Props are JSON objects that store data about different values held by a certain React component. Values are passed to these props through “attributes” like in HTML elements (<Component name=“Cody” val=“cool”/>). They can be called on by other components to create dynamic systems of components that all depend on each other.
|ZIP of Notes|
|Oct 06|| Creating User Login/Registration App with React |
This week I attempted to create a user login/registration app with React. It was a lot harder to implement than I originally thought it would be, since it seemed like a new problem popped up for every simple change or addition I made. Along with that, getting the app in a state where React and JSX were usable took over an hour alone. However, I was able to get two form components (one for account creation, the other for login) created, along with buttons to toggle them.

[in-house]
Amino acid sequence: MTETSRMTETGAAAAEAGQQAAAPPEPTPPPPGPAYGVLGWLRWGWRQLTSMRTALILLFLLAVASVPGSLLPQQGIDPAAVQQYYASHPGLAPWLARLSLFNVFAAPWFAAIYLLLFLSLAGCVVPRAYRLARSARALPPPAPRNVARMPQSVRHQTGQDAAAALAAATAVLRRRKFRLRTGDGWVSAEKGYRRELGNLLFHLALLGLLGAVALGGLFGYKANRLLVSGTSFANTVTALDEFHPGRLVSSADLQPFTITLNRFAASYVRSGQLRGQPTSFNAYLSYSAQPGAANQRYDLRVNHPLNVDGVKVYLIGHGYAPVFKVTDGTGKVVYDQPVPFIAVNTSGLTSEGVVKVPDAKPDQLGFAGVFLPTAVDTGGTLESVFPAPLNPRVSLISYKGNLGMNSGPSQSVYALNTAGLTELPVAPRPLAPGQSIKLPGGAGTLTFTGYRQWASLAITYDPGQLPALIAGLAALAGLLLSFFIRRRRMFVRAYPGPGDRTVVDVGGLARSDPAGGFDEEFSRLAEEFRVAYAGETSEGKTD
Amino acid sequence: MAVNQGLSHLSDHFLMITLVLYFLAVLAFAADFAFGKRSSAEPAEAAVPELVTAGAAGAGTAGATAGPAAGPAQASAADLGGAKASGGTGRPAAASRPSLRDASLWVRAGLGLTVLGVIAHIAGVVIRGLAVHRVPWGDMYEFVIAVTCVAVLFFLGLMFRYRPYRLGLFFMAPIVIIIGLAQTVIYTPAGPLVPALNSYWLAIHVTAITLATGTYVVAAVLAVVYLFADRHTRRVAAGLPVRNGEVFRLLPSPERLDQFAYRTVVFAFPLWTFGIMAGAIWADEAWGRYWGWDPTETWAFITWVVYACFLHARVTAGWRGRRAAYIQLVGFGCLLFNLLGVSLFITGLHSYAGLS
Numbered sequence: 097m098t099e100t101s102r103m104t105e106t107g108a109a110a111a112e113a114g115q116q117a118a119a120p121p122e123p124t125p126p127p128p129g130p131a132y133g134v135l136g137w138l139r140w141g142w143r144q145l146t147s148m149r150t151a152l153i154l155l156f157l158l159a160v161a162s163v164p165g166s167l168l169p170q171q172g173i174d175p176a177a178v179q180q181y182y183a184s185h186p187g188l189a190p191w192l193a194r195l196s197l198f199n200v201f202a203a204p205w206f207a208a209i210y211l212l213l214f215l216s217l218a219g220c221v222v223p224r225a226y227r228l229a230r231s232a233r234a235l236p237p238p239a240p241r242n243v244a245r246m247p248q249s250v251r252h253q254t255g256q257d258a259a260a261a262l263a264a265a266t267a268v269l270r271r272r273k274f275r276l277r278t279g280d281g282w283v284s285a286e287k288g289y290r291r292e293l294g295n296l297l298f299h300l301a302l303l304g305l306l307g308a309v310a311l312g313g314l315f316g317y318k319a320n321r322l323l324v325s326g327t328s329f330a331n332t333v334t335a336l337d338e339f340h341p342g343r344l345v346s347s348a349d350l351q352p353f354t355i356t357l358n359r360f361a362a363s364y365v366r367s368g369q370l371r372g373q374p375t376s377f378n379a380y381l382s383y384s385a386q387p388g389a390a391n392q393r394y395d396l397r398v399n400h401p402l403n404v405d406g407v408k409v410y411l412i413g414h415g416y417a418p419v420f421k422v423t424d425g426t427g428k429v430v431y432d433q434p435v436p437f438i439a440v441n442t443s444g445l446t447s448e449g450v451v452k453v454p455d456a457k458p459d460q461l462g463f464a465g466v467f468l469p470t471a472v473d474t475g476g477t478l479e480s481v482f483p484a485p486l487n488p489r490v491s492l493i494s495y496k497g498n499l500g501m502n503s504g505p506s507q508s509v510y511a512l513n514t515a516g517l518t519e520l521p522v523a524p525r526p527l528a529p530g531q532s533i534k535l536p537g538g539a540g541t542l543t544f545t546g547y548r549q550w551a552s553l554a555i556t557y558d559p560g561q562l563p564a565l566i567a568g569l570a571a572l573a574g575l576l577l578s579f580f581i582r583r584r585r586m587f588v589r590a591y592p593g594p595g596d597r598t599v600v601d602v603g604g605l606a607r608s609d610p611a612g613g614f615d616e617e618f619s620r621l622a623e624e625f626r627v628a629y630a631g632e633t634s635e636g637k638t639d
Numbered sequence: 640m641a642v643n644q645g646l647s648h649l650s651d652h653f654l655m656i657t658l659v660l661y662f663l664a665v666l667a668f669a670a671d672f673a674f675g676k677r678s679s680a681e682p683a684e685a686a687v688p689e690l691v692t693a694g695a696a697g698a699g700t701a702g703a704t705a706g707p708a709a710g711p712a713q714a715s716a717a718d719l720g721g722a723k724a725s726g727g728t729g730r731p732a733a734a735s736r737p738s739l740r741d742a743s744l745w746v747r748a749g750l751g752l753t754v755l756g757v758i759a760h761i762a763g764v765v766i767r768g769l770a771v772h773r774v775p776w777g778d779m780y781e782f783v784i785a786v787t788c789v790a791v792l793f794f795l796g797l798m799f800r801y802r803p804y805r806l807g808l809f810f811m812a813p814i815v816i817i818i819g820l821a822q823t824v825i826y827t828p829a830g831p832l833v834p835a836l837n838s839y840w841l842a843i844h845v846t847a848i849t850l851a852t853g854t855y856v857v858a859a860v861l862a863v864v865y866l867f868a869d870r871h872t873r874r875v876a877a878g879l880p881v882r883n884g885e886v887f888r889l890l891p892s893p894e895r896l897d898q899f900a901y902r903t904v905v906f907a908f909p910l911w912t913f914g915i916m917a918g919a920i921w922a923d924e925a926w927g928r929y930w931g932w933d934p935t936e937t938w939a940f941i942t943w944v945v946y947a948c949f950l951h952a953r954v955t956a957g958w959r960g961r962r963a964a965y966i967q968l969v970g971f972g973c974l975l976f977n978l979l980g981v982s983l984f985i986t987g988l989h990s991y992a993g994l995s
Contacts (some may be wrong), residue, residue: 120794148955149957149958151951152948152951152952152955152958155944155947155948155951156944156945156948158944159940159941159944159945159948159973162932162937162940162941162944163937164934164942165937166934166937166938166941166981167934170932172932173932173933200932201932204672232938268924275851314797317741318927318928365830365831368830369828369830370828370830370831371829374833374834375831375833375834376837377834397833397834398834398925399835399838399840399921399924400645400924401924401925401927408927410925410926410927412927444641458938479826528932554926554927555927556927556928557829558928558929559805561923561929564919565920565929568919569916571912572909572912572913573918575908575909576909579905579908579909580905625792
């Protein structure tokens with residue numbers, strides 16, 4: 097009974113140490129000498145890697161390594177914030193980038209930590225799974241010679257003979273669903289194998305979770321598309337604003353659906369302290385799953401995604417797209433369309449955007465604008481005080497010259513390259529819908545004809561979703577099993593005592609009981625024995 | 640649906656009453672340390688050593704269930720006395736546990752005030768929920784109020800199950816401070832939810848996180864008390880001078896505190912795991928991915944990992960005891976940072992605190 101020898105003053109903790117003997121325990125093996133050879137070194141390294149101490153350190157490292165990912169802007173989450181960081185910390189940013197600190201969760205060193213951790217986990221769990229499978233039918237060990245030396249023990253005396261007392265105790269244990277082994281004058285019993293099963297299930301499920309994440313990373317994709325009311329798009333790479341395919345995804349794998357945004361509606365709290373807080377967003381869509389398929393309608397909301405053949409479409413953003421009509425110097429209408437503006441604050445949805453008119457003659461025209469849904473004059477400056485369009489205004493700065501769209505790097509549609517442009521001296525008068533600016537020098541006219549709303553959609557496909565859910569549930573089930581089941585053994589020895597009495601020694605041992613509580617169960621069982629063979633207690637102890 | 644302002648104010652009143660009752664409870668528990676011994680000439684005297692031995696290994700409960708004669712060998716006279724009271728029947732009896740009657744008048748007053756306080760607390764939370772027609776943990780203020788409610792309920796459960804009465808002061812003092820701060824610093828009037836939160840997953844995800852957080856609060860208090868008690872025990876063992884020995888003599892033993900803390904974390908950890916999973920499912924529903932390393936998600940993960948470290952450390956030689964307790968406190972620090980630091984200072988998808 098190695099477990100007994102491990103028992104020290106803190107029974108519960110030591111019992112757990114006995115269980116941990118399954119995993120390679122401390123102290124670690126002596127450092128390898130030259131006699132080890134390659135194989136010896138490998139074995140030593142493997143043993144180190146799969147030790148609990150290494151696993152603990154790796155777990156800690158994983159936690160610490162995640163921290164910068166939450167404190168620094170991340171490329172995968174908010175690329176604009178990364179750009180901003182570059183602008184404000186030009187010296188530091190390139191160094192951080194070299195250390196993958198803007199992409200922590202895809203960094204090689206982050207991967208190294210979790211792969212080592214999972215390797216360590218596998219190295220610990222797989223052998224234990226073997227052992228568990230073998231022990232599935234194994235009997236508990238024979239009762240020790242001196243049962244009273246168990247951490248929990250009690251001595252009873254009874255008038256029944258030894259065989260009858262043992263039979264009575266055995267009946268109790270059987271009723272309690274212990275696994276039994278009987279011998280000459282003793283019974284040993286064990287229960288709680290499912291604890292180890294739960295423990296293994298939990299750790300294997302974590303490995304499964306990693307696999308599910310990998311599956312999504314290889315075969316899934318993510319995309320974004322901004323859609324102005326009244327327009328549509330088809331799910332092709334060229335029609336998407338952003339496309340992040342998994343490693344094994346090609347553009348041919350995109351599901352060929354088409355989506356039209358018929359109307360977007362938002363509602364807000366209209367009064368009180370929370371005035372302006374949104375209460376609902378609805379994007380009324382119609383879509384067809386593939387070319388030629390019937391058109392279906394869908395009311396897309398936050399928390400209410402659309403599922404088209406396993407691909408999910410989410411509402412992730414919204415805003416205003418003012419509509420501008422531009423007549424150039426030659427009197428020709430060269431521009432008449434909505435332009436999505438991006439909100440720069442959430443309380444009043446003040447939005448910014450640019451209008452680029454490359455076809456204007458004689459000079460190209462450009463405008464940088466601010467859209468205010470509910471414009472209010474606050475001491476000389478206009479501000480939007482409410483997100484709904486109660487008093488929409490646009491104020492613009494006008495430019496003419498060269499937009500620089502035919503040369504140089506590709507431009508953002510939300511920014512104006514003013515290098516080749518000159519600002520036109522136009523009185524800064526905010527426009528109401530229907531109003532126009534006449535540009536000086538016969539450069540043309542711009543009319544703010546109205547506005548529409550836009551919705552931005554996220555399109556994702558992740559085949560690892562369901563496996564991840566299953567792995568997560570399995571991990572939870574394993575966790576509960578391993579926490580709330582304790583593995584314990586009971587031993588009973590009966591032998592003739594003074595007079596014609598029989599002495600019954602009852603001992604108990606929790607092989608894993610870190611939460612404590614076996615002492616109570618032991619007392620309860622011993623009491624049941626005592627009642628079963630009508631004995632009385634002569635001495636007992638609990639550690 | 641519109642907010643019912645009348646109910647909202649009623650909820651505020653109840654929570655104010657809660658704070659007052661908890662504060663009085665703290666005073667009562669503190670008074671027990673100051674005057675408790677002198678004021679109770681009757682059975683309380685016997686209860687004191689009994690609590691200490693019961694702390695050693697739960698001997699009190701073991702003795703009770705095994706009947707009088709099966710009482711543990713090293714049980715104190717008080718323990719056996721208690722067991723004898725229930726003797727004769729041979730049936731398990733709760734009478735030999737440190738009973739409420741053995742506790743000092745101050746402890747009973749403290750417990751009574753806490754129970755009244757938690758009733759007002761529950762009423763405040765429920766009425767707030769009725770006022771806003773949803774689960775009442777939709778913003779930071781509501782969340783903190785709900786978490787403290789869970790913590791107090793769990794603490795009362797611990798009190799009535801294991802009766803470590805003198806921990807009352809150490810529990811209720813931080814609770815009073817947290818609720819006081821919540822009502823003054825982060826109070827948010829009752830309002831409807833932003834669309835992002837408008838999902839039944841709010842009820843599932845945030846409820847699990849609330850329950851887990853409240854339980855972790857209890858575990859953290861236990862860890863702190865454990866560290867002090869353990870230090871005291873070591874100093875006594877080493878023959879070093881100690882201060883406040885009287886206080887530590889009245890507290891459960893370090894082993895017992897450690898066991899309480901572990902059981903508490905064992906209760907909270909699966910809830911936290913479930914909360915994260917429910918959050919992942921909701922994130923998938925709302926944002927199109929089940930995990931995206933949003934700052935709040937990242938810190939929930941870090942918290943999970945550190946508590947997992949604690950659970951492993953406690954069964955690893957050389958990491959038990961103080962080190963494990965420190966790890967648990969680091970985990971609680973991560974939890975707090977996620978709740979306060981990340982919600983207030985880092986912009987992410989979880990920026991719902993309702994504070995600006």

From here, I still need to set up the connection to the SQL server and set up the SQL commands that will create/fetch the user's login info depending on if they're creating an account or logging in. I think this will be done using PHP. A file with my progress is in the ZIP file included.
|ZIP of Current React App Build|
|Oct 13|| Finishing User Login/Registration App with React |
This week I finished up the creation of the user login/registration app using React, Ajax, MySQL, and PHP. I made the React components submit Ajax requests to a PHP file, which queried the MySQL database to create user accounts or check if they already existed. Much of this worked pretty well, but I did have issues with Brackets's live preview mode. Initially, I was testing my PHP page in the live preview, but Ajax couldn't connect to the file in the session created by the live preview. I'm not sure why it didn't work there, but I placed the project in Apache's /htdocs directory and it worked fine. After that, I had small hiccups with remembering SQL queries, but it is all functional in a rudimentary manner now.